Stepper Motors

Submitted by hazzer123 on May 6, 2007 - 10:57am.

What is a Stepper Motor?

Stepper motors, unlike ordinary DC motors, are brushless and can divide a full 360° into a large number of steps, for example 200.

 

Synopsis

In robotics, stepper motors are widely used. They offer amazing precision as well as continuous rotation. Also, any inaccuracy between steps are non-cumulative; 200 steps will always be 1 revolution. These features make them ideal for driving the wheels on a robot, and creating linear motion using a leadscrew. The drawbacks are that they require current when not moving they are relatively expensive and they are quite heavy for the amount of torque they give.

 

 

How they work

Stepper motors come in two main types – Variable Reluctance and Permanent Magnet.

 

Variable Reluctance (VR)

 

The upper electromagnet is activated and the teeth of the central cog line up accordingly.

Stepper motor mechanism - stage 1

 

The upper electromagnet is deactivated and the right one turned on. The closest cog teeth then jump to line up with this. This causes a step (e.g. 1.8° turn).

Stepper motor mechanism - stage 2

 

The right electromagnet is deactivated and the lower one is turned on. The cog teeth then jump to line up with the bottom electromagnet. This causes another step.

Stepper motor mechanism - Stage 3

The bottom electromagnet is deactivated and the left-most one turned on. The cog teeth then jump to line up with this. This causes another step. On a motor which has a step angle of 1.8°, 200 steps are required for a full rotation.

 

Stepper motor mechanism - Stage 4

 


Permanent Magnet (PM or tin-can)

Permanent Magnet Diagram

 

Works in a very similar way to the VR type, but the rotor is radially magnetized.

 

Bipolar and Unipolar

Some motors are Unipolar. This means that you only require ground and positive voltage to make them turn. Unipolar motors can be driven by extremely simple circuits made from a few logic gates. (LINK) The disadvantages are that they have less torque compared to their bipolar cousins. These motors usually have 5,6 or 8 leads. You can find these in laser printers, inkjet printers and scanners.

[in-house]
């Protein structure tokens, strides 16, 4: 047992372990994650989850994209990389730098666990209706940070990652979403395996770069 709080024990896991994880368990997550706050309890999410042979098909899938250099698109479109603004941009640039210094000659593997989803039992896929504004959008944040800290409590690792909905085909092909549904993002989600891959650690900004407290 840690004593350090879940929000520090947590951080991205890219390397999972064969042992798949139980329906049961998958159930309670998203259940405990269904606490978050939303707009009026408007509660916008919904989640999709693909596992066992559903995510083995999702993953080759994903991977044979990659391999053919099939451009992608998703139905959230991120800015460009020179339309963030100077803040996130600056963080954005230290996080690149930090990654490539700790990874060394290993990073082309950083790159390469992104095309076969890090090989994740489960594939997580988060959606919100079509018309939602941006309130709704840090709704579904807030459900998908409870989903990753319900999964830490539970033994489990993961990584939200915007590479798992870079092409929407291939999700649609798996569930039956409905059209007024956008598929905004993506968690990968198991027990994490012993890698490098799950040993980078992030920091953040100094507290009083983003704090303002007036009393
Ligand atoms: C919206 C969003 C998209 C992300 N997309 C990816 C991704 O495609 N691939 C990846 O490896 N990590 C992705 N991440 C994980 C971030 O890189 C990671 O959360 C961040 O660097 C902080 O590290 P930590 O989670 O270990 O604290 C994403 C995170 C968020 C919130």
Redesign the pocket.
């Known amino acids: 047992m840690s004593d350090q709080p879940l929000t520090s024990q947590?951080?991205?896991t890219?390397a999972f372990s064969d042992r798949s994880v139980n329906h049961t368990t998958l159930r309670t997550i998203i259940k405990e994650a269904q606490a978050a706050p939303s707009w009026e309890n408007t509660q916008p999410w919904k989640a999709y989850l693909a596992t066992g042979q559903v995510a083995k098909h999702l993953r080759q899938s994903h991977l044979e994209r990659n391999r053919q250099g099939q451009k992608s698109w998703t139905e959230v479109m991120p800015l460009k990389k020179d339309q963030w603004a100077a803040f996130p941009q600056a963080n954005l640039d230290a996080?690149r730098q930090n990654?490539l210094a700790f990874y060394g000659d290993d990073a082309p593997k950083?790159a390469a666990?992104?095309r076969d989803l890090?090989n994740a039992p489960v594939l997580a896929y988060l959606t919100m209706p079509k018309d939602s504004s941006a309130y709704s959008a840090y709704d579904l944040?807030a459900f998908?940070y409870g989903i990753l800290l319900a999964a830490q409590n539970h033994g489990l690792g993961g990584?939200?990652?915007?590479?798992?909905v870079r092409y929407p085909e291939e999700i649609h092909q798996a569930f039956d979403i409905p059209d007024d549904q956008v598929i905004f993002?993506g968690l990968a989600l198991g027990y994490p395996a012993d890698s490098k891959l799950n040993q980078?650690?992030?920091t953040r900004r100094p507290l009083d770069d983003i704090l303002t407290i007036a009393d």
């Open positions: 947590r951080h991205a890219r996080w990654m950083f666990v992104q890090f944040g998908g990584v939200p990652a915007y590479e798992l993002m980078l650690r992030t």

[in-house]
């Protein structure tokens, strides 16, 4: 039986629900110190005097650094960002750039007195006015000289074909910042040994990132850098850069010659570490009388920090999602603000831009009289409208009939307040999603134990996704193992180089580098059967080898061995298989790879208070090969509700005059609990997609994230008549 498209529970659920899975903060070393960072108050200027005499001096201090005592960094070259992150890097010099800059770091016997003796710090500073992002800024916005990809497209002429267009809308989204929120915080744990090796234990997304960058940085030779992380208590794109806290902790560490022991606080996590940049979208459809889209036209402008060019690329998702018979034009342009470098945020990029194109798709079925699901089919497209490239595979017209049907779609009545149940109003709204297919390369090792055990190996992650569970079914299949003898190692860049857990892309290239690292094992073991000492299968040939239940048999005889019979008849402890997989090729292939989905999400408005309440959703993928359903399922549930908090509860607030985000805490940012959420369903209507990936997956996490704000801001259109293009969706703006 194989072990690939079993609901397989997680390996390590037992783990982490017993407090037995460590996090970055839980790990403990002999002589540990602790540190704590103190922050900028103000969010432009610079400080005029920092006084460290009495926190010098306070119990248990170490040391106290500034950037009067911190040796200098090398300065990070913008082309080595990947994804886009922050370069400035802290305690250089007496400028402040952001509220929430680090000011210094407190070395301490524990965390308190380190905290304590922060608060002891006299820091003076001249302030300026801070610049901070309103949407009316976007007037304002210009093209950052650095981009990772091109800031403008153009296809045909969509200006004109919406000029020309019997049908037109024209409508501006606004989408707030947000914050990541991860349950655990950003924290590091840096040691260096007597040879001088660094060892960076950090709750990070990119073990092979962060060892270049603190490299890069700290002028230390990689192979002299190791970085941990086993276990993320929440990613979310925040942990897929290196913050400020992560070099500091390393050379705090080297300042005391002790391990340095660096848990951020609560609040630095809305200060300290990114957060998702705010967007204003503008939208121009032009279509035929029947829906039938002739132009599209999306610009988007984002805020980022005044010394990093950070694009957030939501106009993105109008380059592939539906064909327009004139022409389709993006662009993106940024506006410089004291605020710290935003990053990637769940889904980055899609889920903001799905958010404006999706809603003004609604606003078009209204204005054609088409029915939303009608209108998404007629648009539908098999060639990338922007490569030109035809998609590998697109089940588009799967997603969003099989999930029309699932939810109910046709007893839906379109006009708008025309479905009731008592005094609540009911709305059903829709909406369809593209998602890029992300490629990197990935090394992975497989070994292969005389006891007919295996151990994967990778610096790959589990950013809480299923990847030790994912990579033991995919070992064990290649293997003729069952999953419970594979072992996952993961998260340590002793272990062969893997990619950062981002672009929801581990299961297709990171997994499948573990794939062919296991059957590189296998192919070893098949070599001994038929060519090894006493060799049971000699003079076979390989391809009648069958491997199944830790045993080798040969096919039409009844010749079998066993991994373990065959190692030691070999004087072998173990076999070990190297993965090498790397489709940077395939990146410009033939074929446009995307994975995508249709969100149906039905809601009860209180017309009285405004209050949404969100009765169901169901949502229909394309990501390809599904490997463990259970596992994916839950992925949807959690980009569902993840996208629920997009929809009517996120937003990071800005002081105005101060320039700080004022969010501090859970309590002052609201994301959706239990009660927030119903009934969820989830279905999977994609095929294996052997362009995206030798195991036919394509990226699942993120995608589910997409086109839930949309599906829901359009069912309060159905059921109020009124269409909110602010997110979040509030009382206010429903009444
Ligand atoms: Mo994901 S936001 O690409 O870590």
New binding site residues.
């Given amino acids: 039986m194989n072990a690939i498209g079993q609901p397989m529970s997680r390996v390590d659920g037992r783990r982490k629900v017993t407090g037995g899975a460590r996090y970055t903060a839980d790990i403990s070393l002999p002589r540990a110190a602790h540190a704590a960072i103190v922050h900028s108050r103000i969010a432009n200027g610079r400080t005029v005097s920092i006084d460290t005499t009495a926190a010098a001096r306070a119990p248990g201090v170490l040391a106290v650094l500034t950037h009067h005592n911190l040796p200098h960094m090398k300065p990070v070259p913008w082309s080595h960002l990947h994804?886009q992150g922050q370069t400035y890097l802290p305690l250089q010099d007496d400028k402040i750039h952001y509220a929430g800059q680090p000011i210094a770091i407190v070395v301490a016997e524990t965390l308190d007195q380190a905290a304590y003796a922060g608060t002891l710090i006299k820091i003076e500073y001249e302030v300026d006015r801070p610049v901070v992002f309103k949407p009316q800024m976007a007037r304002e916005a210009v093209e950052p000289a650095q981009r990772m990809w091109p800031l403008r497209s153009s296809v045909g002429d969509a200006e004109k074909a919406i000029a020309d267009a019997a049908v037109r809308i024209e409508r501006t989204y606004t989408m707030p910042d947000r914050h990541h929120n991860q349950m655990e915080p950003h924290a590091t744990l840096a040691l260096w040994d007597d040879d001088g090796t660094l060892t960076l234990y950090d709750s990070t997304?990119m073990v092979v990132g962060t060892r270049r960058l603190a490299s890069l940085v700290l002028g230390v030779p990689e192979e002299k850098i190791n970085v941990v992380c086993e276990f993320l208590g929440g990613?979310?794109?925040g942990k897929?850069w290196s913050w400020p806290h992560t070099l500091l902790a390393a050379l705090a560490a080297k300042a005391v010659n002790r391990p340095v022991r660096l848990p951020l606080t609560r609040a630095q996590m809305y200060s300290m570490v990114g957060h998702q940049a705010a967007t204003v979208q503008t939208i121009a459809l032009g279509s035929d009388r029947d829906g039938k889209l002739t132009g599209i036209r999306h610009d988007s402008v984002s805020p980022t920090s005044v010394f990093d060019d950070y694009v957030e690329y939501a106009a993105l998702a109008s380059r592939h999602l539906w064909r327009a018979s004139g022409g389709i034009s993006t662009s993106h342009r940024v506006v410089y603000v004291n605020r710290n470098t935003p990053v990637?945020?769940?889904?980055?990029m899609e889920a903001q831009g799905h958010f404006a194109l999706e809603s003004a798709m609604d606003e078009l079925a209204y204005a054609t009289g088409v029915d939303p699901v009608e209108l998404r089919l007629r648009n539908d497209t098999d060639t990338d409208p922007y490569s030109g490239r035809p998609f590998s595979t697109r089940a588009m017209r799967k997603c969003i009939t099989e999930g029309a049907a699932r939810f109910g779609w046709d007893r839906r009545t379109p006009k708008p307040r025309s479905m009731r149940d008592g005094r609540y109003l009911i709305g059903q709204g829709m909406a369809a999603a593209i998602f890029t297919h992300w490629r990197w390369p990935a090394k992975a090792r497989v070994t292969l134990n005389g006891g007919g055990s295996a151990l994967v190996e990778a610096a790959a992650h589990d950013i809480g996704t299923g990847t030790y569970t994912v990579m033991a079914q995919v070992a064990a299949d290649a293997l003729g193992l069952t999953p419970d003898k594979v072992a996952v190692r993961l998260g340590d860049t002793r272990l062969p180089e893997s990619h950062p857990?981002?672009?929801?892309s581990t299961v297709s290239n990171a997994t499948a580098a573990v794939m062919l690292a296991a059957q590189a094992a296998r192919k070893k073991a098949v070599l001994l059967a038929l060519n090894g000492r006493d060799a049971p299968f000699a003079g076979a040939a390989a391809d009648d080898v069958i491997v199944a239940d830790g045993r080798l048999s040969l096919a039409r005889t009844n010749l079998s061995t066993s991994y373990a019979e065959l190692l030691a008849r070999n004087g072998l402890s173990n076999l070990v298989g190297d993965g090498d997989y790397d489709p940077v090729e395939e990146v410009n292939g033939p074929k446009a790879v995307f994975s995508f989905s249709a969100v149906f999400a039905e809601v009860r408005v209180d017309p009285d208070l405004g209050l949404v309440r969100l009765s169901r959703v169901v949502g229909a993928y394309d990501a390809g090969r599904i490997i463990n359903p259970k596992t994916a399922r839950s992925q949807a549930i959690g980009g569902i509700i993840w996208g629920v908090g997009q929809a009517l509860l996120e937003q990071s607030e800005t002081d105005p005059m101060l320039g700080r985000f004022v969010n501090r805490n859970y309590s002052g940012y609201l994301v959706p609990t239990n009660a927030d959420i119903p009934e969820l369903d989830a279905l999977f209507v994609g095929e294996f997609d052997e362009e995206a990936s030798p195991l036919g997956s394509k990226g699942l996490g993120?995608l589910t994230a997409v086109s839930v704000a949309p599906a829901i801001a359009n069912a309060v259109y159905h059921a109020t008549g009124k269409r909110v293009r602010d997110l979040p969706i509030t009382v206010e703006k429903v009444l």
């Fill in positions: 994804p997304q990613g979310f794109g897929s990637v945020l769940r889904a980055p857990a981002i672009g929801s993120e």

Bipolar motors are driven by applying positive and negative voltages at the ends of the coils. They require more sophisticated drive electronics with H-bridges built in. They are, however, able to offer more torque than unipolar motors and are cheaper. Unipolar motors usually come with 4 or 8 leads. They can be found in basically all floppy drives.

 

Drive Modes- Unipolar

There are various drive modes available, all with different benefits.

Unipolar Wiring

This shows the wiring of a typical 6 lead Unipolar motor. The 4 coils are arranged in 2 sets of 2 coils with a shared wire. In 8 wire unipolar motors, each coil has its own 2 wires. In 5 wire motors, evey coil has a wire of its own, and one shared between all 4. This means the same driving sequences can be used for any.

 

1-1 Phase Excitation

This mode takes the least amount of power to drive the stepper motor. The coils are charged 1 at a time. It does sacrifice torque however.

Step number
1a
1b
2a
2b
1
1
0
0
0
2
0
0
1
0
3
0
1
0
0
4
0
0
0
1
5
1
0
0
0


2-2 Phase Excitation

This mode requires more power, but it also offes more torque than 1-1 Excitation. 2 coils are charged at a time

Step number
1a
1b
2a
2b
1
1
0
0
1
2
1
0
1
0
3
0
1
1 0
4
0
1 0
1
5
1
0
0
1

 
2-1 Phase Excitation
This mode requires moderate amounts of power, and offers as much torque at 1-1 excitation, but doubles the number of steps per revolution. It is a mixture of the previous 2 modes.

Step number
1a
1b
2a
2b
1
1
0
0
1
2
0
0
0
1
3
0
1
0
1
4
0
1
0
0
5
0
1
1
0
6 0 0 1 0
7 1
0 1 0
8 1
0 0 0
9
1
0
0
1

 

Unipolar Driving

 
To drive a unipolar stepper motor, a microcontroller is normally used. Since a microcontroller's output pins can't supply the amount of power that the motor coils need, you must use transistors.

 

 Transistor Arrangement

 The transistors in this diagram allow current to flow through the coils in the motor individually. Bringing the base pin of transistor Q1 high will energise the upper motor coil. The diodes are there to give the 'back voltage' somewhere to go. When a coil is demagnetised, a voltage is created across the coil opposite to normal. This is due to a property of conductors called inductance. The current caused by the 'back voltage' then flows through the diode and cancels itself out.

 

So that is how you power the coils, but to energise the coils in the pattern to make the shaft turn you can use a microcontroller. 

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